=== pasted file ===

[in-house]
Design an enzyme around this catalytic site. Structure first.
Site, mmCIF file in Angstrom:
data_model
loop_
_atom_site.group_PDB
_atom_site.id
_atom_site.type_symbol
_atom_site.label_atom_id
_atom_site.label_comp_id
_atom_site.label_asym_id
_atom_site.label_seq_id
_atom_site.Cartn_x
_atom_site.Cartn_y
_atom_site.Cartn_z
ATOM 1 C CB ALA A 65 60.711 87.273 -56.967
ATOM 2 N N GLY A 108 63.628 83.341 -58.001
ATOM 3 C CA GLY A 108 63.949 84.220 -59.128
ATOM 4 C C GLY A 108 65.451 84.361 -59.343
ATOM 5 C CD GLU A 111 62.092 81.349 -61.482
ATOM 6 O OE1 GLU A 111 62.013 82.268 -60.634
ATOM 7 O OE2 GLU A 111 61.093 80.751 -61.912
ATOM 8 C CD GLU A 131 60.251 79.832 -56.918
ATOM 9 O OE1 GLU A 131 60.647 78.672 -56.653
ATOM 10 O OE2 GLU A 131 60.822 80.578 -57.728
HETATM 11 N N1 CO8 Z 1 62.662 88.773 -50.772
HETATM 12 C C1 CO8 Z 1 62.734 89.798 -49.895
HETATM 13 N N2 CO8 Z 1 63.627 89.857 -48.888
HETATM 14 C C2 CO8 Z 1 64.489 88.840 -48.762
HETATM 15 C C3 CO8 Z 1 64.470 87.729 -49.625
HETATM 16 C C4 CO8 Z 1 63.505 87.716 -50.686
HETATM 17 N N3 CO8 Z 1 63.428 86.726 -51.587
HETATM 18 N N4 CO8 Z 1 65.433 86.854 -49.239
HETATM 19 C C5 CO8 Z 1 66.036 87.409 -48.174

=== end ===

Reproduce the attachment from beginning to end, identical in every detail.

[in-house]
Design an enzyme around this catalytic site. Structure first.
Site, mmCIF file in Angstrom:
data_model
loop_
_atom_site.group_PDB
_atom_site.id
_atom_site.type_symbol
_atom_site.label_atom_id
_atom_site.label_comp_id
_atom_site.label_asym_id
_atom_site.label_seq_id
_atom_site.Cartn_x
_atom_site.Cartn_y
_atom_site.Cartn_z
ATOM 1 C CB ALA A 65 60.711 87.273 -56.967
ATOM 2 N N GLY A 108 63.628 83.341 -58.001
ATOM 3 C CA GLY A 108 63.949 84.220 -59.128
ATOM 4 C C GLY A 108 65.451 84.361 -59.343
ATOM 5 C CD GLU A 111 62.092 81.349 -61.482
ATOM 6 O OE1 GLU A 111 62.013 82.268 -60.634
ATOM 7 O OE2 GLU A 111 61.093 80.751 -61.912
ATOM 8 C CD GLU A 131 60.251 79.832 -56.918
ATOM 9 O OE1 GLU A 131 60.647 78.672 -56.653
ATOM 10 O OE2 GLU A 131 60.822 80.578 -57.728
HETATM 11 N N1 CO8 Z 1 62.662 88.773 -50.772
HETATM 12 C C1 CO8 Z 1 62.734 89.798 -49.895
HETATM 13 N N2 CO8 Z 1 63.627 89.857 -48.888
HETATM 14 C C2 CO8 Z 1 64.489 88.840 -48.762
HETATM 15 C C3 CO8 Z 1 64.470 87.729 -49.625
HETATM 16 C C4 CO8 Z 1 63.505 87.716 -50.686
HETATM 17 N N3 CO8 Z 1 63.428 86.726 -51.587
HETATM 18 N N4 CO8 Z 1 65.433 86.854 -49.239
HETATM 19 C C5 CO8 Z 1 66.036 87.409 -48.174